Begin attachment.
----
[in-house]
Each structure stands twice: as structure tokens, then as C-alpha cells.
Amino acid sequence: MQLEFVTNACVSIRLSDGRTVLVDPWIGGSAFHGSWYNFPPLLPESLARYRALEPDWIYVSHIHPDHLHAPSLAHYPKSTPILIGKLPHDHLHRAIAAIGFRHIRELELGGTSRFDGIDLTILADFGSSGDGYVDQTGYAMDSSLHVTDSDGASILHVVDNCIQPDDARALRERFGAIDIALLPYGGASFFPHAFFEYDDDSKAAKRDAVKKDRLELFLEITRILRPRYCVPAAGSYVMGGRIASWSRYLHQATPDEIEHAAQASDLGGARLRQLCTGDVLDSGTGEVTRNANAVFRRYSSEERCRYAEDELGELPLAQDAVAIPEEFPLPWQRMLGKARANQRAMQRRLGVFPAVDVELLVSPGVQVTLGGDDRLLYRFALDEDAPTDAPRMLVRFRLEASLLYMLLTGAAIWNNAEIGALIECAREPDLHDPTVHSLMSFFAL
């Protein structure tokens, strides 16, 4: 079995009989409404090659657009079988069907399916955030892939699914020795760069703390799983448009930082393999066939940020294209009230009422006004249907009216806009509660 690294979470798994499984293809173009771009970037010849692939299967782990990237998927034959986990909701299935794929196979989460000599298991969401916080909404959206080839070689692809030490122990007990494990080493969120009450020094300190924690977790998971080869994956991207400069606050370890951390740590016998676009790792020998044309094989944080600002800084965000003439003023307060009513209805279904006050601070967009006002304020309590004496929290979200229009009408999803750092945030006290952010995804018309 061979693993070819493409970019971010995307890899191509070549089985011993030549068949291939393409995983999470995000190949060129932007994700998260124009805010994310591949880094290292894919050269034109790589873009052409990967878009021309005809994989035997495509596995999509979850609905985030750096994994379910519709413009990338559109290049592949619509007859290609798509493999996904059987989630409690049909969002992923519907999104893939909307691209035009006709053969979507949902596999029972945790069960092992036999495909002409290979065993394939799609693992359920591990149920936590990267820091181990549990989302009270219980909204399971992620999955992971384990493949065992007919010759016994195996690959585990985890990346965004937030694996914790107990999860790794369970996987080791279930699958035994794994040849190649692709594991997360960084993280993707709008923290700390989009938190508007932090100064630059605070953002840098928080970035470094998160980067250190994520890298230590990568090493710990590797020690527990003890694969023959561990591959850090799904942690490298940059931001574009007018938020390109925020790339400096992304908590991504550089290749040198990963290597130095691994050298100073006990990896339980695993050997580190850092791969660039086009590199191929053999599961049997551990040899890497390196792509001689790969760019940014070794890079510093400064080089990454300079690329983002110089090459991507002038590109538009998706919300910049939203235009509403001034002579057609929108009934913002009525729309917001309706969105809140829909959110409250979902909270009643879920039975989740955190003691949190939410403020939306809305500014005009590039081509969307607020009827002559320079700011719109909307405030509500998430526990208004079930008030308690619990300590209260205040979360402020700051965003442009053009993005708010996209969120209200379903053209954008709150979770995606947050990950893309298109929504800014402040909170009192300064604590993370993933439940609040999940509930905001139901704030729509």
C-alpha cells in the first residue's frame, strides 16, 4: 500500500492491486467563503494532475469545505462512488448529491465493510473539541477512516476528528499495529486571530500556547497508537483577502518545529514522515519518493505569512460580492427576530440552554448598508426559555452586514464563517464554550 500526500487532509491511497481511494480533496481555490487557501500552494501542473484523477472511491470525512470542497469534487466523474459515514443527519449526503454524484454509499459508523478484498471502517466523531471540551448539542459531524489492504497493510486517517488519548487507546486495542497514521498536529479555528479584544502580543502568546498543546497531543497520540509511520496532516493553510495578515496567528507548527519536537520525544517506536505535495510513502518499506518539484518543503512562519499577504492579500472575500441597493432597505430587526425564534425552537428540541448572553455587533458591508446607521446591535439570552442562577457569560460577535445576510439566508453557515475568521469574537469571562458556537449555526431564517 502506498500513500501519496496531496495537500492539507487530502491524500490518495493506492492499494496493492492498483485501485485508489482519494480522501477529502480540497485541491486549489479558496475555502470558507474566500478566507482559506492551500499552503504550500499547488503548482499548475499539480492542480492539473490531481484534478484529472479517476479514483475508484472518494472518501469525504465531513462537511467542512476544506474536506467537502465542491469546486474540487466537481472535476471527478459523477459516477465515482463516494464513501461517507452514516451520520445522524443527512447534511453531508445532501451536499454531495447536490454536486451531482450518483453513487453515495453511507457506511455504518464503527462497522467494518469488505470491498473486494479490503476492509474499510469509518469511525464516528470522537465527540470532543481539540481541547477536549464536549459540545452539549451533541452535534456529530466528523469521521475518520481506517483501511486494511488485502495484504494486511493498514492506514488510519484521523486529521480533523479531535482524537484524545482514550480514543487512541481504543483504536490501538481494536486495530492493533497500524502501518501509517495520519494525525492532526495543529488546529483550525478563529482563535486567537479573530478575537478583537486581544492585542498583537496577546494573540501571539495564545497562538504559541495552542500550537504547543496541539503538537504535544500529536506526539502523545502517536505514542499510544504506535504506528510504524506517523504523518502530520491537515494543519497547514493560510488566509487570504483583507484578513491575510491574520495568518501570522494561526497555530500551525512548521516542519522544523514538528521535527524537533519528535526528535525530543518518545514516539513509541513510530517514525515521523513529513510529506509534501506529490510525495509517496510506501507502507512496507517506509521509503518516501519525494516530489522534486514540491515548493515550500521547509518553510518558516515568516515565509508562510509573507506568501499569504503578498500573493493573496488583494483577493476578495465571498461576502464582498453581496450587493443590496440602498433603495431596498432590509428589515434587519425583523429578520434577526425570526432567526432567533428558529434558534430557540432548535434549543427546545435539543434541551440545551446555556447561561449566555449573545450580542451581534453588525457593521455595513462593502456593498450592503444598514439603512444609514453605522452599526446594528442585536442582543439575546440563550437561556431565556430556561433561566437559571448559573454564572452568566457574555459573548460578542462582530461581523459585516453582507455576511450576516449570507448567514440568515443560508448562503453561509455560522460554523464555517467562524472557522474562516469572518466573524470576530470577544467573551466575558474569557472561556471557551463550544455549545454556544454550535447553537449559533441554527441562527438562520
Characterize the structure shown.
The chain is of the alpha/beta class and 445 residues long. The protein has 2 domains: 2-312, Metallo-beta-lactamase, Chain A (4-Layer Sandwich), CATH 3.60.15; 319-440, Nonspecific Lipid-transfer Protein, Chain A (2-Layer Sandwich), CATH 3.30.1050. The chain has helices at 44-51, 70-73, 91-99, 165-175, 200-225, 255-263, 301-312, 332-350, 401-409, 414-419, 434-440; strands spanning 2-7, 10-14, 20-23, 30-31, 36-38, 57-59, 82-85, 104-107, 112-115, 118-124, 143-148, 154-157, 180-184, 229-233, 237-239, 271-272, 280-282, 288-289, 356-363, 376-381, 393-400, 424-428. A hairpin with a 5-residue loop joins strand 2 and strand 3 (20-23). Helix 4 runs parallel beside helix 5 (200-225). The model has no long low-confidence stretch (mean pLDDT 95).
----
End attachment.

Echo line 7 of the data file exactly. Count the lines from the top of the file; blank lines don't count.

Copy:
The chain is of the alpha/beta class and 445 residues long. The protein has 2 domains: 2-312, Metallo-beta-lactamase, Chain A (4-Layer Sandwich), CATH 3.60.15; 319-440, Nonspecific Lipid-transfer Protein, Chain A (2-Layer Sandwich), CATH 3.30.1050. The chain has helices at 44-51, 70-73, 91-99, 165-175, 200-225, 255-263, 301-312, 332-350, 401-409, 414-419, 434-440; strands spanning 2-7, 10-14, 20-23, 30-31, 36-38, 57-59, 82-85, 104-107, 112-115, 118-124, 143-148, 154-157, 180-184, 229-233, 237-239, 271-272, 280-282, 288-289, 356-363, 376-381, 393-400, 424-428. A hairpin with a 5-residue loop joins strand 2 and strand 3 (20-23). Helix 4 runs parallel beside helix 5 (200-225). The model has no long low-confidence stretch (mean pLDDT 95).